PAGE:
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Green? Dense? Walkable?
Alex Steffen, 19 Mar 08

Here's a debate where none is needed: the argument about whether green building, compact communities, or transit-supportive design is a better approach to improving the world.

The latest piece to kick up some dust is a report from the Commission for Environmental Cooperation, which, as reported by Reuters, says

"Green" construction could cut North America's climate-warming emissions faster and more cheaply than any other measure...

Elsewhere, people reaffirm that North Americans' best bet for carbon reduction is walking and taking transit, while others (often including myself) think density is the best lever, if we have to pick one with which to start.

Now, it's rarely much of an argument. There are green builders who are against growth management, and urban planners who hate transit and love cars, and transpogeeks who think architects are a useless form of decorator, but by and large, most advocates for each of these positions support the others, but just want to see their approach be taken on first.

But, of course, the whole argument is silly, and can be answered "all three, at once." All three strategies are mutually reinforcing (and equally difficult to implement without one another).

What we ought to be shooting for are compact communities, at sufficient densities to support lots of good transit options, composed entirely of high-quality, reasonably-sized green buildings, arranged around streets and public spaces that encourage walking and enjoying one's community, served by green infrastructure.

What I'd love to see is someone crunch the numbers not of a single approach -- increasing density for 7 units per acre to 9, or reducing energy use by 25%, or doubling trips taking by transit, or any of the other single-answer ideas that keep getting quantified -- but of a synergistic combined approach.

Because I'll bet money that when all these approaches are combined, the resulting economic and environmental benefits add up to far more than the sums of the parts seen through the studies done so far. It might well be that building bright green communities pays for itself while improving the quality of life of the people who live there... and saving the planet.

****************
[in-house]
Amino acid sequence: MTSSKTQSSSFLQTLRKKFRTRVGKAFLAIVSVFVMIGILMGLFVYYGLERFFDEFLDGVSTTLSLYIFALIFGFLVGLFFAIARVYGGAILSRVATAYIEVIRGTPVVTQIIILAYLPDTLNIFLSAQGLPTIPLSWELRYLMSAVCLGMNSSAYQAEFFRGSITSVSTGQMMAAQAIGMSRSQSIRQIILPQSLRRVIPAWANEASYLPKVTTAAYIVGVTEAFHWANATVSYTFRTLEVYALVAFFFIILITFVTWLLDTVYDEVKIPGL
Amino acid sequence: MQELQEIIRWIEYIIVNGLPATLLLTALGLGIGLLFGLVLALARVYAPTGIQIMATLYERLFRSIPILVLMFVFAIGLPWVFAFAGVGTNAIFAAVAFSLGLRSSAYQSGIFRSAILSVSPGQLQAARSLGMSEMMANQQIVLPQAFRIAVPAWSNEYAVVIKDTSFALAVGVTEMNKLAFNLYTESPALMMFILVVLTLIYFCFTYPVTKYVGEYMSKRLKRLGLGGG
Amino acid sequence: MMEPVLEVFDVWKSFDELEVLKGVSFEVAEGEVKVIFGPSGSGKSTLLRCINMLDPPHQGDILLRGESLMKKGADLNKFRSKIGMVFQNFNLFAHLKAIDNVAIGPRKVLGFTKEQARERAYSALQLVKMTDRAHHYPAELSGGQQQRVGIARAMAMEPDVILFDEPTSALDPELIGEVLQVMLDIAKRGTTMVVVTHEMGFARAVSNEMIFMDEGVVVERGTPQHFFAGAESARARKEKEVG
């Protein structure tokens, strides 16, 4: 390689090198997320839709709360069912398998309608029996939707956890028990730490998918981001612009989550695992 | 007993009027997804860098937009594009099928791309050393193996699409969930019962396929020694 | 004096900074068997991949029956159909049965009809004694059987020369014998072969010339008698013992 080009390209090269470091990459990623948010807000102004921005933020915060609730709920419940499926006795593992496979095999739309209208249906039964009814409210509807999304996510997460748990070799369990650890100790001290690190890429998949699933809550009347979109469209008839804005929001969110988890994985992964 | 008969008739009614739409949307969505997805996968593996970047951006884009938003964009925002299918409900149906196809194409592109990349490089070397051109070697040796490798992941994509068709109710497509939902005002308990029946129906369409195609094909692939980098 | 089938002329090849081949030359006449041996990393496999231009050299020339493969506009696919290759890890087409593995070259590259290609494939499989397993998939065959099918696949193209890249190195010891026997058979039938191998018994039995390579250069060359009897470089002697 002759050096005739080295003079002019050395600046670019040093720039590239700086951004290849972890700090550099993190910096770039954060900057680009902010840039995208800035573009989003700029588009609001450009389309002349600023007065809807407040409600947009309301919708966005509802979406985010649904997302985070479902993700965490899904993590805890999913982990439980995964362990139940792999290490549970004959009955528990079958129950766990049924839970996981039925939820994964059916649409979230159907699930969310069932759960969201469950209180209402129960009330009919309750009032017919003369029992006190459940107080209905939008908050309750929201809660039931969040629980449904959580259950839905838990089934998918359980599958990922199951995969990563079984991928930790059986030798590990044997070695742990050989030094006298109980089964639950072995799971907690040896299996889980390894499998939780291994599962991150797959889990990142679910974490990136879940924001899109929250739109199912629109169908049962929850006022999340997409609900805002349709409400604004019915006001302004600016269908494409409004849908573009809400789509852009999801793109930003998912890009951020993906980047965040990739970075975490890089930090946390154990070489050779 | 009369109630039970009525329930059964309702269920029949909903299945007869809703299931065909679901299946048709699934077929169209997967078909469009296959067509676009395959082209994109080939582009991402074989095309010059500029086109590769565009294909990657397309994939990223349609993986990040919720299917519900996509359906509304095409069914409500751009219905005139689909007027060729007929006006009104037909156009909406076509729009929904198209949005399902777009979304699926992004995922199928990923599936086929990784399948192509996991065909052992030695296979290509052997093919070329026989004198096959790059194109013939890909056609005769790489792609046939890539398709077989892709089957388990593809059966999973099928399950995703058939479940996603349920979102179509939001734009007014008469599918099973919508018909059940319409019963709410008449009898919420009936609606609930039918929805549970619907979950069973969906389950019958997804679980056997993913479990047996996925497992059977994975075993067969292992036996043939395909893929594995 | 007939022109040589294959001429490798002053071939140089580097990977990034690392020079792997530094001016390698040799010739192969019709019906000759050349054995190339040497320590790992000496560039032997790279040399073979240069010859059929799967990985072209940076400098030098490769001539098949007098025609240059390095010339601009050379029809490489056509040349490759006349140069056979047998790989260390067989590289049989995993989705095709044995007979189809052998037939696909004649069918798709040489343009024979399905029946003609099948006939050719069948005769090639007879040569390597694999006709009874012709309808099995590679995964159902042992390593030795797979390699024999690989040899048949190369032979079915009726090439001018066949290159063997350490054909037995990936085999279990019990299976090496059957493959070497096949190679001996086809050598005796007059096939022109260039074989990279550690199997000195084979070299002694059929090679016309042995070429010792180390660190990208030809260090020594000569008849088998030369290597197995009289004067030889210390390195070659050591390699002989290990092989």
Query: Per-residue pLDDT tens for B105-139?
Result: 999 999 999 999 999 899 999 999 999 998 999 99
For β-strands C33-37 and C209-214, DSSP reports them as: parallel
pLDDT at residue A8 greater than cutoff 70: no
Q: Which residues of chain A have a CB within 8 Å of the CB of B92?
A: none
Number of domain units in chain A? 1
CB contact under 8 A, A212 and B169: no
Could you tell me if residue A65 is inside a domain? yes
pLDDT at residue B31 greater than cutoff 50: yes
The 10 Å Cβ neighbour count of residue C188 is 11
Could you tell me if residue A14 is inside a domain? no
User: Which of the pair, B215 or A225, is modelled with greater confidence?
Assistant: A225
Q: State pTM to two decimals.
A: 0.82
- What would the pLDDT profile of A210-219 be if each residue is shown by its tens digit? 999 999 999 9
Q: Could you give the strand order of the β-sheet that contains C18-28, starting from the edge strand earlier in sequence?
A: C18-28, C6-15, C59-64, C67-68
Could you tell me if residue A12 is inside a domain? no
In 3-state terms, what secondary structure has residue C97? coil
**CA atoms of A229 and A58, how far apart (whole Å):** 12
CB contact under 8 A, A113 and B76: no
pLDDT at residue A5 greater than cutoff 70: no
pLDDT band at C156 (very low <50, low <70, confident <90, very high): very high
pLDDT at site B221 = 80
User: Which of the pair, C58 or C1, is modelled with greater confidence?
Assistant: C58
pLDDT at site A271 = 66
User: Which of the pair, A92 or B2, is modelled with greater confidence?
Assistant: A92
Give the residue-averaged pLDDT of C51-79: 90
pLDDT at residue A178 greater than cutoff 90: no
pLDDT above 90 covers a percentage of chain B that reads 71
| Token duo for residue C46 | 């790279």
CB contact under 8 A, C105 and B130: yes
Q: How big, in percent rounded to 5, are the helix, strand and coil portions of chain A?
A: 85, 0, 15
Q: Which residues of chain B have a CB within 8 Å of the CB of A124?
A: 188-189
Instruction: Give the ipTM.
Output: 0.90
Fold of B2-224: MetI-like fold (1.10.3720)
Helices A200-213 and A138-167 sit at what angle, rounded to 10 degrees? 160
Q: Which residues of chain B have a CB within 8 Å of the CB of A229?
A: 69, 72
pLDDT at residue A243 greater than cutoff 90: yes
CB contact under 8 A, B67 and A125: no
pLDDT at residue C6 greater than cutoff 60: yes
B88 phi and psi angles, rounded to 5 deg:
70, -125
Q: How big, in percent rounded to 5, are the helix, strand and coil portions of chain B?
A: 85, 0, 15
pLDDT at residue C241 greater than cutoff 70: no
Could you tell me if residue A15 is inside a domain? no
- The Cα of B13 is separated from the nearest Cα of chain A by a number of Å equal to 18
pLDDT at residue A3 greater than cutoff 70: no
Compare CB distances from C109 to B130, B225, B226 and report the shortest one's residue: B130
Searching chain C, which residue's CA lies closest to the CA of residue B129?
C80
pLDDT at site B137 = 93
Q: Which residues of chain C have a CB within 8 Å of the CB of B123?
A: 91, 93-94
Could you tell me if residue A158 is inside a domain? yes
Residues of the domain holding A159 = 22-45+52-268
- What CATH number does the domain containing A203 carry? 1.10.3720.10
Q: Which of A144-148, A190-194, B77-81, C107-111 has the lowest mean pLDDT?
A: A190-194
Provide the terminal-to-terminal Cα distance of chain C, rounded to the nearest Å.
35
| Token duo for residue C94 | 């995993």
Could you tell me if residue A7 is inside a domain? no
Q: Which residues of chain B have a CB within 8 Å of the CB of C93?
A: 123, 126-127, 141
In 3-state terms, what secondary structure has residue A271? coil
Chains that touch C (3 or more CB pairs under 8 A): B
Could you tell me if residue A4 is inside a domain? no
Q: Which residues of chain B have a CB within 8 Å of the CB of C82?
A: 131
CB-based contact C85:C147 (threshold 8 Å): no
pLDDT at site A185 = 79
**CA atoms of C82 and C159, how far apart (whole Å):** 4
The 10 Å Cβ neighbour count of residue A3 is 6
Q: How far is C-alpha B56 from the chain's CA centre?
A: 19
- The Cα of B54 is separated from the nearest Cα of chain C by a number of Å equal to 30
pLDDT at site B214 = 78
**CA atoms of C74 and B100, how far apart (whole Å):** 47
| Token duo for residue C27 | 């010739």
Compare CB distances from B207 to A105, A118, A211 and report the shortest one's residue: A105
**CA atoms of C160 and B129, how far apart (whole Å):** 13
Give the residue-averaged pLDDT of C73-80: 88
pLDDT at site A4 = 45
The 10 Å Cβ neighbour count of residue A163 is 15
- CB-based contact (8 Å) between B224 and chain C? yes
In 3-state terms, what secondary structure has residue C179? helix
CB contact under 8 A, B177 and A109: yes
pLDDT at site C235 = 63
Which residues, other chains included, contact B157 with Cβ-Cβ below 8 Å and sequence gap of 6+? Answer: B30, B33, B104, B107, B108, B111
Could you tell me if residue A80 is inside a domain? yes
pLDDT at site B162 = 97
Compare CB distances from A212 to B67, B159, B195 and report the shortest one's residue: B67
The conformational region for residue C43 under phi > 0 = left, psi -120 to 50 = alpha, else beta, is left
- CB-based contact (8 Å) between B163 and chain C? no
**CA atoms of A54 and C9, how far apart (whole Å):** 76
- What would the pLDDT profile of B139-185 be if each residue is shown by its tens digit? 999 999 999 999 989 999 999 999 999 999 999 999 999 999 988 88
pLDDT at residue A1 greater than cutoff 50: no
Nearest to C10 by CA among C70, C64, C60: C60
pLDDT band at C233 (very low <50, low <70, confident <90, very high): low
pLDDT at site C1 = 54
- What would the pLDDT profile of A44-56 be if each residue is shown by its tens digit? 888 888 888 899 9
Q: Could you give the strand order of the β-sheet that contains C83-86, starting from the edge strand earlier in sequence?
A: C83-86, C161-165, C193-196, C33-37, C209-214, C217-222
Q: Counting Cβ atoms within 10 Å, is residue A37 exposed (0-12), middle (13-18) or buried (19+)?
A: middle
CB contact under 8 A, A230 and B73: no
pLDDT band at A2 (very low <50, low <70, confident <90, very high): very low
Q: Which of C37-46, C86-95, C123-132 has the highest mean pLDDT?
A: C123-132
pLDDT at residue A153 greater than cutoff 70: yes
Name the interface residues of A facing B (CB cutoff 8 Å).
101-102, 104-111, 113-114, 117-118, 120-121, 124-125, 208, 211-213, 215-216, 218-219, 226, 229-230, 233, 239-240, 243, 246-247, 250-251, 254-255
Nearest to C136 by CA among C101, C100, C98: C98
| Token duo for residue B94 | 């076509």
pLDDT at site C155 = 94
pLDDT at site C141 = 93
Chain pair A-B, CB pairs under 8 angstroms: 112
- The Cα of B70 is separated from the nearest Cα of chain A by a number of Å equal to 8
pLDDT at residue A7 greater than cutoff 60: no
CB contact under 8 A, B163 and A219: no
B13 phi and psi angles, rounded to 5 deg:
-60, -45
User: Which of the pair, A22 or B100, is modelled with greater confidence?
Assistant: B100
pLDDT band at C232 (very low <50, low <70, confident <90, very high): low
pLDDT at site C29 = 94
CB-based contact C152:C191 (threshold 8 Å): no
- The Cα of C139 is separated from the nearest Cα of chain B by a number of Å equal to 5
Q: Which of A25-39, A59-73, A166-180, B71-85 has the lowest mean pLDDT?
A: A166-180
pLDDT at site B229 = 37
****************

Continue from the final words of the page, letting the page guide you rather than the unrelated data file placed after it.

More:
And if that's true, we're burning money as well as planet when we delay, go slow, and engage in false arguments about priorities.

(Creative Commons photo credit

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Comments

Not much to debate here, I agree. It makes me wonder, though, the extent to which the largest "planned cities" of our time - notably in India and China - are adopting these principles. I don't recall the particulars, but I've seen some mind-boggling descriptions of large numbers of cities being planned to house 10s of millions of people in each of these countries over the coming 20 years or so. This would seem to be the lowest hanging fruit for full-fledged adoption of these principles.


Posted by: Kent Ragen on 19 Mar 08

One common false dichotomy is the green car vs. better urban planning debate.

The all-electric vehicle has an extremely limited range compared to gasoline-powered vehicles, and most have a top speed of around 40mph.

Hydrogen produced by electrolysis of water using any renewable energy is going to be more expensive than gasoline is now to move the same distance.

All of this necessitates a reduction in travel distances to the point where it makes sense to just design the city around walking and transit anyway, and use green cars as a supplement to these modes. Green cars could be especially effective if the city was dense and connected enough to support a carshare system.

I think it is the focus on trying to maintain our current way of life at all costs that is harmful. We need to accept that there are going to be big changes, and start making those changes immediately. It takes oil to make this transition and the longer we wait, the more difficult it will be.


Posted by: Patrick on 21 Mar 08

In my view it is not a number crunching problem. Just about everyone knows that the combined approach will result in a much higher value than the individual pieces. The problem is the lack of political will to bring the institutional pieces together. The cities, property owners, transit agencies, developers and other players all have separate ways of looking at value. Until we find a way to bring them together we will be moving too slowly.


Posted by: Paul Reinhart on 23 Mar 08

Because of the complex interactions between land use, transportation, and behavior, there is only one model powerful enough to crunch those numbers: UrbanSim, coincidentally developed at the University of Washington. And it doesn't quite do energy calculations yet, but it will.

What you have to model though is not the principles but how you achieve them. Pricing, regulation, incentives, public investment? Do all jurisdictions cooperate or can people flee to the exurbs? Individuals make their own decisions and it's not always what you hope.

Increasing the low end of residential density is certainly effective. For one thing, it lets the low end (the greatest emitters) reach transit-supporting density, meaning that transit needs less subsidy. That makes the transit target easier to achieve. It also makes it more likely that walkable businesses get enough customers to survive. The high end of residential density by and large has no effect on total carbon emissions.

Green building methods are effective by themselves, as long as we are raising minimum standards, not just giving free PR to luxury condos and corporate headquarters.

If you want a single lever it would be a carbon tax. Put a price on it and watch the invisible hand of the market work its magic without political lobbying at every turn.


Posted by: Martin Laplante on 25 Mar 08



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